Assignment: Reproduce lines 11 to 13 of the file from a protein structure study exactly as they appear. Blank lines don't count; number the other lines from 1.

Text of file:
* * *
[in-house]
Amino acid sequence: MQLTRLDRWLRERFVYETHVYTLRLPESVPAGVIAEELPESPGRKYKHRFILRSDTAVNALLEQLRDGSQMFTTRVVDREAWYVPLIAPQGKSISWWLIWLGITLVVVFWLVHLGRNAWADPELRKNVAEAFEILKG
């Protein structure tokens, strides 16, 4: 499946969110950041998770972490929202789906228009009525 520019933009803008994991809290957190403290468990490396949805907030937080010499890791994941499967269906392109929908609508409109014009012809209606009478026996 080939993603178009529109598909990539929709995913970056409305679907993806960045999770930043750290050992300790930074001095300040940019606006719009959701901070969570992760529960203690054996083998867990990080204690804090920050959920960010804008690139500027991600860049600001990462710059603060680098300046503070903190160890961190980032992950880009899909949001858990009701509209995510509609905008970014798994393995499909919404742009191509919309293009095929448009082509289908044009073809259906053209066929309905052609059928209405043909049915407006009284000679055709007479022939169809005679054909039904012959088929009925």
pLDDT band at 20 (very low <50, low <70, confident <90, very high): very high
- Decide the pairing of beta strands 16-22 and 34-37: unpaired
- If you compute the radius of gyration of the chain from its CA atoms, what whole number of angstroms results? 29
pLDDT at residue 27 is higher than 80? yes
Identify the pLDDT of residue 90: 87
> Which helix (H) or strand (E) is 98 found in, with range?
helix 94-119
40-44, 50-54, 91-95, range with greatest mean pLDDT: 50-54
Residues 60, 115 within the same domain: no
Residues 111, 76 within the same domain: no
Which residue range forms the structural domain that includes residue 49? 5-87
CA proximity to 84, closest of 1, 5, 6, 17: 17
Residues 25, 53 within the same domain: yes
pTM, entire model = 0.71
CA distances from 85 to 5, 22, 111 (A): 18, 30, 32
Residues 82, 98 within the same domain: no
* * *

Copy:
40-44, 50-54, 91-95, range with greatest mean pLDDT: 50-54
Residues 60, 115 within the same domain: no
Residues 111, 76 within the same domain: no